Andrea Giddings said she does not know what love is.
“No man ever love me and me never love no man. Me always had to fend fuh meself.”
The children are seven, five, three and two-years old.
“Them is all different father. When me get pregnant them men gone. We used to live all over and me does do lil snack wuk. The lil house that we bin living in fall down a day. (When it happened) I been in de kitchen washing wares and de whole roof top fall on me.”
As fate would have it, no one was injured on that November 13th, 2008 day. The family was forced to sleep in an open shed for quite a while.
Many days her older children are not sent to school, “Because me don’t get money to buy thing fuh them eat so me nah send them school.”
When the Kaieteur News’ Berbice Reporter visited them last week, only the eldest child was at school and none of them had eaten for the day.
“We nah eat nuttin’. Me ain’t get no money. Later me son grandfather gwine send a lil something fuh we eat.”
One day when she felt it was too much for her to bear she decided to approach the Project Manager of the Arya Samaj, Vijay Ramoo.
She later met with other executive members of the Arya Samaj who assessed her situation.
“I does worry because me mek four children and nobody ain’t helping me with them. Me don’t plan fuh mek more children.”
Now she is living in a newly constructed two bedroom wooden house.
“I feel good ‘cause them (Arya Samaj) come help me. I gwine care this one.”
Work on the new structure commenced by November 26th, 2009. Neighbours along with wellwishers assisted in the actual construction work. The $243,000 building is not yet completed; some minor work is still left to be done.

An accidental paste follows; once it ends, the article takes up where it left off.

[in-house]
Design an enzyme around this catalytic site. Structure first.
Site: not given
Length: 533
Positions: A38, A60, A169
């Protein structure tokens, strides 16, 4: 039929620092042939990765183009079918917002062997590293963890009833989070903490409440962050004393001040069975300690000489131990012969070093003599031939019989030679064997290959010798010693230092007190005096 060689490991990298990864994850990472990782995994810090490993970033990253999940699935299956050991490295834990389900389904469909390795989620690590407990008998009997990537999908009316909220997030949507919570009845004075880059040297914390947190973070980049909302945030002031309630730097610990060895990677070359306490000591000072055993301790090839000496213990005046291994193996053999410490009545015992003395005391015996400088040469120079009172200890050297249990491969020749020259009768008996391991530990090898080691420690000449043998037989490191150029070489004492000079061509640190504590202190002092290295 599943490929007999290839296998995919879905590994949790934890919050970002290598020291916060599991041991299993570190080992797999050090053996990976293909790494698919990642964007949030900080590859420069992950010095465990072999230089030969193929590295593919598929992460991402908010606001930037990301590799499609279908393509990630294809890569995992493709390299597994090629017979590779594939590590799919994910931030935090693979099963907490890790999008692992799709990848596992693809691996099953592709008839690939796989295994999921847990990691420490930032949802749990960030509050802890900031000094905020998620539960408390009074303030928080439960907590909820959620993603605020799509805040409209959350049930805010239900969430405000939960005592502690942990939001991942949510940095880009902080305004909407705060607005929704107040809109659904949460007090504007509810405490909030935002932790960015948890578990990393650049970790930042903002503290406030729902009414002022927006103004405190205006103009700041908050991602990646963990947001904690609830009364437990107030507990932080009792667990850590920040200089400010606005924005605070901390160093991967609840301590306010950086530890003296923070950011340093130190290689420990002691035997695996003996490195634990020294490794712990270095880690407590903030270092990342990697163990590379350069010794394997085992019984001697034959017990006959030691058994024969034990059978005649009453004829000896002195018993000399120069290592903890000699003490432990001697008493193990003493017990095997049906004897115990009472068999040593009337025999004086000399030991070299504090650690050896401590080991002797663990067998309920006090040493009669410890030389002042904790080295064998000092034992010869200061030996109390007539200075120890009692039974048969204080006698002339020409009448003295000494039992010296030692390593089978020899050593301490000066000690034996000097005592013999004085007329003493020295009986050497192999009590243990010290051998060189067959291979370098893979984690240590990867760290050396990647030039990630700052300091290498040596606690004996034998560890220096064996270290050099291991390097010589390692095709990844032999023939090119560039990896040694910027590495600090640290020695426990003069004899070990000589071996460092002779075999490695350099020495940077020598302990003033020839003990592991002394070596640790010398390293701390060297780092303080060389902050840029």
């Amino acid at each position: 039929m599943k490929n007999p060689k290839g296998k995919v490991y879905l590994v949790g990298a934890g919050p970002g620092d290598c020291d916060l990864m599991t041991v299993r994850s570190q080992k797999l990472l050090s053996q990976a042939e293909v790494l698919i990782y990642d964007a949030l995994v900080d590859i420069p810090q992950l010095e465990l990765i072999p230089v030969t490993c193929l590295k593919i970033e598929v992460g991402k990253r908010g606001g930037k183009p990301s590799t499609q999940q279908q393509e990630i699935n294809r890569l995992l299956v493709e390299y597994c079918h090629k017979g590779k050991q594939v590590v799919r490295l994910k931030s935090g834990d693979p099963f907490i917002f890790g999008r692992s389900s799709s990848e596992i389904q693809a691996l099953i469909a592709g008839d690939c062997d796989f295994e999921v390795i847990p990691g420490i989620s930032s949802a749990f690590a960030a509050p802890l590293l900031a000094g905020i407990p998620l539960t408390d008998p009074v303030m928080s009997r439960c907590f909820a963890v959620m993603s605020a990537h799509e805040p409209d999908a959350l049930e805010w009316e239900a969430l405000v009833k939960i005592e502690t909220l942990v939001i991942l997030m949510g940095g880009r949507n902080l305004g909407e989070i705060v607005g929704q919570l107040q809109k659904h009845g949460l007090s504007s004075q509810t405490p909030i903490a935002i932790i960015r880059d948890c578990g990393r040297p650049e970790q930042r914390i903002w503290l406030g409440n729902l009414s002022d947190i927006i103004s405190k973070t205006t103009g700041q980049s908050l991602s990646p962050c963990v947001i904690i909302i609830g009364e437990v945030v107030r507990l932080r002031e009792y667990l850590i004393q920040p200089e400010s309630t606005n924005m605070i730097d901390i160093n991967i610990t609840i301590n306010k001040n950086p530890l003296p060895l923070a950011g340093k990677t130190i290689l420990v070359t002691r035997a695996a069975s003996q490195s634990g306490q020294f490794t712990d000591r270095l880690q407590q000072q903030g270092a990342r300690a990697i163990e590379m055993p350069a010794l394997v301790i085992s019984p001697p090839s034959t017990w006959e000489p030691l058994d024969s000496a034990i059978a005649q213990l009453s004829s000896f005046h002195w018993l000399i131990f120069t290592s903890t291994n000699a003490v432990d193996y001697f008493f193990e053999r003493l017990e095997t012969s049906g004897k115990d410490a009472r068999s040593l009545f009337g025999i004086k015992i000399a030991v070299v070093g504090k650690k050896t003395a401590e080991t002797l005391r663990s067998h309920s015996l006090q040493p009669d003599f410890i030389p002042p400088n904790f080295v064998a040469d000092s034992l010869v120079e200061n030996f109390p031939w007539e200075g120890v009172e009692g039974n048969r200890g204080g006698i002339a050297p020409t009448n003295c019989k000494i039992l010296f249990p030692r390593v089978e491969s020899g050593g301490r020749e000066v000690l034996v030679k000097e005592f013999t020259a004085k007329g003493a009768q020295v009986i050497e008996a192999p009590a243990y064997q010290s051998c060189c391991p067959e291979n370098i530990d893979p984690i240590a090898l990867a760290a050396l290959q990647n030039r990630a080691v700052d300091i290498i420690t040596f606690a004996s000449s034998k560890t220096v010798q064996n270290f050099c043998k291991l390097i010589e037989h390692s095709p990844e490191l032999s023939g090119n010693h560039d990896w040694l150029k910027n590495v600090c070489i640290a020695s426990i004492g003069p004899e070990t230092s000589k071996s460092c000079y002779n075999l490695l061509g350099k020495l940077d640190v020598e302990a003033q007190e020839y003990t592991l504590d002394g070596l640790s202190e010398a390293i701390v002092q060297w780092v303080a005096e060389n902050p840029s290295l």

Meanwhile, Project Manager of the Arya Samaj Vijay Ramoo said construction of a one-bedroom home for the Mohabir family of Hampshire, Corentyne is to commence today. The patriarch of that family is blind and is also an amputee. The house is expected to be completed by this month end and would cost $500,000.
Head of the New Jersey Arya Samaj Humanitarian Mission, Pandit Suresh Sugrim, speaking via telephone from New Jersey, USA, pointed out that the New Jersey Arya Samaj Mandir, Inc. is not only committed to realising the third principle of the Noble Society which is to learn, to teach and to preach the Veda, but it is also dedicated to assisting those in unfortunate circumstances.
“In fact, we continue to help impoverished children and seniors with a better standard of living, either by education, food items, housing, food and/or uniforms vouchers. By reaching out to those families that are in dire need, we help them to regain their great sense of human dignity.”
According to him, more houses are to be constructed this year but the problem is finding the necessary plots of land.
The New Jersey Arya Samaj Mandir Inc. was founded 20 years ago. A local chapter was established at Williamsburg on the Corentyne on July 4th 2007. The Humanitarian Mission itself came into being in 2005. The head of the organisation pointed out that the organisation survives by the benevolence of donors especially those who reside overseas.